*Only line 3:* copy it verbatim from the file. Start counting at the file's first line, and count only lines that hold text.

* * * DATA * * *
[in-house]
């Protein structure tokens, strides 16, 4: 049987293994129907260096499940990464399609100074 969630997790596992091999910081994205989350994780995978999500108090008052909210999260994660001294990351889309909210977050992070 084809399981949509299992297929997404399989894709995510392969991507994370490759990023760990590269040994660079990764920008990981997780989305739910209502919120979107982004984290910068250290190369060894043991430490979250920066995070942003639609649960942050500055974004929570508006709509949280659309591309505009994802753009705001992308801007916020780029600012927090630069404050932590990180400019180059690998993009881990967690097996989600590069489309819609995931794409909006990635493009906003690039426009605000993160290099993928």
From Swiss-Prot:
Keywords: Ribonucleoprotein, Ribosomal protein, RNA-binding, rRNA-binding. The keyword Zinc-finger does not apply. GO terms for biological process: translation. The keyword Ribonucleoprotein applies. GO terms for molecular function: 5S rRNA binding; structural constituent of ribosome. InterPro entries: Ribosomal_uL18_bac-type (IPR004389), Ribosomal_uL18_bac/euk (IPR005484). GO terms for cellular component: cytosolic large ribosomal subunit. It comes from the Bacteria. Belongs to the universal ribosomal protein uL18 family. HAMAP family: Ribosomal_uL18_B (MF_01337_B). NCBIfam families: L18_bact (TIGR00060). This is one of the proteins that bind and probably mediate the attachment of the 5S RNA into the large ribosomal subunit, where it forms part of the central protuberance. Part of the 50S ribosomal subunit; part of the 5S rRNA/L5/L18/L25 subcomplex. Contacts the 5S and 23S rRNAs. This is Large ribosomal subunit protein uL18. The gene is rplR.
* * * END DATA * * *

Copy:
From Swiss-Prot: